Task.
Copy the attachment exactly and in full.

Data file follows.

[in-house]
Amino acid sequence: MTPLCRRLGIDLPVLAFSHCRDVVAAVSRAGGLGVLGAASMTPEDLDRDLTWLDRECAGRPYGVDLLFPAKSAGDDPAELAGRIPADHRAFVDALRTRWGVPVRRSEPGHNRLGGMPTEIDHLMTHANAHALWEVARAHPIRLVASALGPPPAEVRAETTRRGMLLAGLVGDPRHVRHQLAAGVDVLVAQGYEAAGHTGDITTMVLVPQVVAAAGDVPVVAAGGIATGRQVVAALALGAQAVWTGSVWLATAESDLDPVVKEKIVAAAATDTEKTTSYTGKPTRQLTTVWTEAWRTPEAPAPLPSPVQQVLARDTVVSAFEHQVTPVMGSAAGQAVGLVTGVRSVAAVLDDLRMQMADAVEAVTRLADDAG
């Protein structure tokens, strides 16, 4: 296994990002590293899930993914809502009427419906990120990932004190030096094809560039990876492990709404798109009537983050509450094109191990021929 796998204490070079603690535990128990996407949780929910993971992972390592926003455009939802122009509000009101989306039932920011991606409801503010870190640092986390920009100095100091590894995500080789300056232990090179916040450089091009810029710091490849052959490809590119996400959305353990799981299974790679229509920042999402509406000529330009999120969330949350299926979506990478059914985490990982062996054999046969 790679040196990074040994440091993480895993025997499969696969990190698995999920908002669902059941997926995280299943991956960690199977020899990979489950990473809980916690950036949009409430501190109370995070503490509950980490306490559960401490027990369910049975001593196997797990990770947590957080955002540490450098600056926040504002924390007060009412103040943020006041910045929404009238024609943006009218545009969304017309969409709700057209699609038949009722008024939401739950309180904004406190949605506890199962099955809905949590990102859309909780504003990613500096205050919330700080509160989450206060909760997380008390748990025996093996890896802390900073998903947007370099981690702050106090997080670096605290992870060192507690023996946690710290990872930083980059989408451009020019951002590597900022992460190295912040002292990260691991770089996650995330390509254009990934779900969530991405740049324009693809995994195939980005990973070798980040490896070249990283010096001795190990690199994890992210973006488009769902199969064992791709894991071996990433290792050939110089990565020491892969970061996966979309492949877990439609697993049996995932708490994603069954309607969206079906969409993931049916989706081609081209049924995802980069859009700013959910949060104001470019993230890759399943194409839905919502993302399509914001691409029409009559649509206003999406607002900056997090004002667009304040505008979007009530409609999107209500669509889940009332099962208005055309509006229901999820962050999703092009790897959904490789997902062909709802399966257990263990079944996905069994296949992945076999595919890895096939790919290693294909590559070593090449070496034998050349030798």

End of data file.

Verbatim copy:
[in-house]
Amino acid sequence: MTPLCRRLGIDLPVLAFSHCRDVVAAVSRAGGLGVLGAASMTPEDLDRDLTWLDRECAGRPYGVDLLFPAKSAGDDPAELAGRIPADHRAFVDALRTRWGVPVRRSEPGHNRLGGMPTEIDHLMTHANAHALWEVARAHPIRLVASALGPPPAEVRAETTRRGMLLAGLVGDPRHVRHQLAAGVDVLVAQGYEAAGHTGDITTMVLVPQVVAAAGDVPVVAAGGIATGRQVVAALALGAQAVWTGSVWLATAESDLDPVVKEKIVAAAATDTEKTTSYTGKPTRQLTTVWTEAWRTPEAPAPLPSPVQQVLARDTVVSAFEHQVTPVMGSAAGQAVGLVTGVRSVAAVLDDLRMQMADAVEAVTRLADDAG
């Protein structure tokens, strides 16, 4: 296994990002590293899930993914809502009427419906990120990932004190030096094809560039990876492990709404798109009537983050509450094109191990021929 796998204490070079603690535990128990996407949780929910993971992972390592926003455009939802122009509000009101989306039932920011991606409801503010870190640092986390920009100095100091590894995500080789300056232990090179916040450089091009810029710091490849052959490809590119996400959305353990799981299974790679229509920042999402509406000529330009999120969330949350299926979506990478059914985490990982062996054999046969 790679040196990074040994440091993480895993025997499969696969990190698995999920908002669902059941997926995280299943991956960690199977020899990979489950990473809980916690950036949009409430501190109370995070503490509950980490306490559960401490027990369910049975001593196997797990990770947590957080955002540490450098600056926040504002924390007060009412103040943020006041910045929404009238024609943006009218545009969304017309969409709700057209699609038949009722008024939401739950309180904004406190949605506890199962099955809905949590990102859309909780504003990613500096205050919330700080509160989450206060909760997380008390748990025996093996890896802390900073998903947007370099981690702050106090997080670096605290992870060192507690023996946690710290990872930083980059989408451009020019951002590597900022992460190295912040002292990260691991770089996650995330390509254009990934779900969530991405740049324009693809995994195939980005990973070798980040490896070249990283010096001795190990690199994890992210973006488009769902199969064992791709894991071996990433290792050939110089990565020491892969970061996966979309492949877990439609697993049996995932708490994603069954309607969206079906969409993931049916989706081609081209049924995802980069859009700013959910949060104001470019993230890759399943194409839905919502993302399509914001691409029409009559649509206003999406607002900056997090004002667009304040505008979007009530409609999107209500669509889940009332099962208005055309509006229901999820962050999703092009790897959904490789997902062909709802399966257990263990079944996905069994296949992945076999595919890895096939790919290693294909590559070593090449070496034998050349030798």